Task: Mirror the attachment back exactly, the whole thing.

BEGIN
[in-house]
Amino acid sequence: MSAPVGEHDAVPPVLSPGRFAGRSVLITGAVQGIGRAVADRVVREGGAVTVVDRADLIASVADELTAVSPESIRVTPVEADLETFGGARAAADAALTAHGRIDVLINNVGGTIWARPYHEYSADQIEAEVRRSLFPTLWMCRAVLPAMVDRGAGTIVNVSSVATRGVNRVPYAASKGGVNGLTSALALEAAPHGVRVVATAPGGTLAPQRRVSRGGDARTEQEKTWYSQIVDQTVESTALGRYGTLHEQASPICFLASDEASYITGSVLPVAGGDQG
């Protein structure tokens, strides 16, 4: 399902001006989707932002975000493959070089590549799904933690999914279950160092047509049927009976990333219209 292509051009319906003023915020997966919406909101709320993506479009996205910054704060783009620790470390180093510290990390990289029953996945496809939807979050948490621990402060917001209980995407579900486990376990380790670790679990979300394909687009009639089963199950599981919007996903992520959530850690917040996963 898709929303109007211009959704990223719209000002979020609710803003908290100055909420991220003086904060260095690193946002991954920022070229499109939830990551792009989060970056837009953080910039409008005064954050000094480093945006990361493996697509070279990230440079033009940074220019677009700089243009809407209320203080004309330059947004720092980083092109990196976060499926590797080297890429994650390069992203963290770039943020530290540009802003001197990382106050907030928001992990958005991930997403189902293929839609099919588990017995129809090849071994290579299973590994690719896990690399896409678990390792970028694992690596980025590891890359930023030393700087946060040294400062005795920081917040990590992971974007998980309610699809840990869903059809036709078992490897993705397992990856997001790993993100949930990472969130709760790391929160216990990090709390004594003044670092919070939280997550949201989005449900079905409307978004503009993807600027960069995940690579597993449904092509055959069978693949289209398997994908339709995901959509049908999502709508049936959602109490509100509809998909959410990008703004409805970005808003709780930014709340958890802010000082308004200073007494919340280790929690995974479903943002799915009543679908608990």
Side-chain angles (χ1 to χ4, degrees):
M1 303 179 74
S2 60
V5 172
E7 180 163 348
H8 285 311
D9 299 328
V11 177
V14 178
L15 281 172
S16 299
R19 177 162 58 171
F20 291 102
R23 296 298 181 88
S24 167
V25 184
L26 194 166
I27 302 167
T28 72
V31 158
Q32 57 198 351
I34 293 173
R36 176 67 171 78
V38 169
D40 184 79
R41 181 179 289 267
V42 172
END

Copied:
[in-house]
Amino acid sequence: MSAPVGEHDAVPPVLSPGRFAGRSVLITGAVQGIGRAVADRVVREGGAVTVVDRADLIASVADELTAVSPESIRVTPVEADLETFGGARAAADAALTAHGRIDVLINNVGGTIWARPYHEYSADQIEAEVRRSLFPTLWMCRAVLPAMVDRGAGTIVNVSSVATRGVNRVPYAASKGGVNGLTSALALEAAPHGVRVVATAPGGTLAPQRRVSRGGDARTEQEKTWYSQIVDQTVESTALGRYGTLHEQASPICFLASDEASYITGSVLPVAGGDQG
């Protein structure tokens, strides 16, 4: 399902001006989707932002975000493959070089590549799904933690999914279950160092047509049927009976990333219209 292509051009319906003023915020997966919406909101709320993506479009996205910054704060783009620790470390180093510290990390990289029953996945496809939807979050948490621990402060917001209980995407579900486990376990380790670790679990979300394909687009009639089963199950599981919007996903992520959530850690917040996963 898709929303109007211009959704990223719209000002979020609710803003908290100055909420991220003086904060260095690193946002991954920022070229499109939830990551792009989060970056837009953080910039409008005064954050000094480093945006990361493996697509070279990230440079033009940074220019677009700089243009809407209320203080004309330059947004720092980083092109990196976060499926590797080297890429994650390069992203963290770039943020530290540009802003001197990382106050907030928001992990958005991930997403189902293929839609099919588990017995129809090849071994290579299973590994690719896990690399896409678990390792970028694992690596980025590891890359930023030393700087946060040294400062005795920081917040990590992971974007998980309610699809840990869903059809036709078992490897993705397992990856997001790993993100949930990472969130709760790391929160216990990090709390004594003044670092919070939280997550949201989005449900079905409307978004503009993807600027960069995940690579597993449904092509055959069978693949289209398997994908339709995901959509049908999502709508049936959602109490509100509809998909959410990008703004409805970005808003709780930014709340958890802010000082308004200073007494919340280790929690995974479903943002799915009543679908608990």
Side-chain angles (χ1 to χ4, degrees):
M1 303 179 74
S2 60
V5 172
E7 180 163 348
H8 285 311
D9 299 328
V11 177
V14 178
L15 281 172
S16 299
R19 177 162 58 171
F20 291 102
R23 296 298 181 88
S24 167
V25 184
L26 194 166
I27 302 167
T28 72
V31 158
Q32 57 198 351
I34 293 173
R36 176 67 171 78
V38 169
D40 184 79
R41 181 179 289 267
V42 172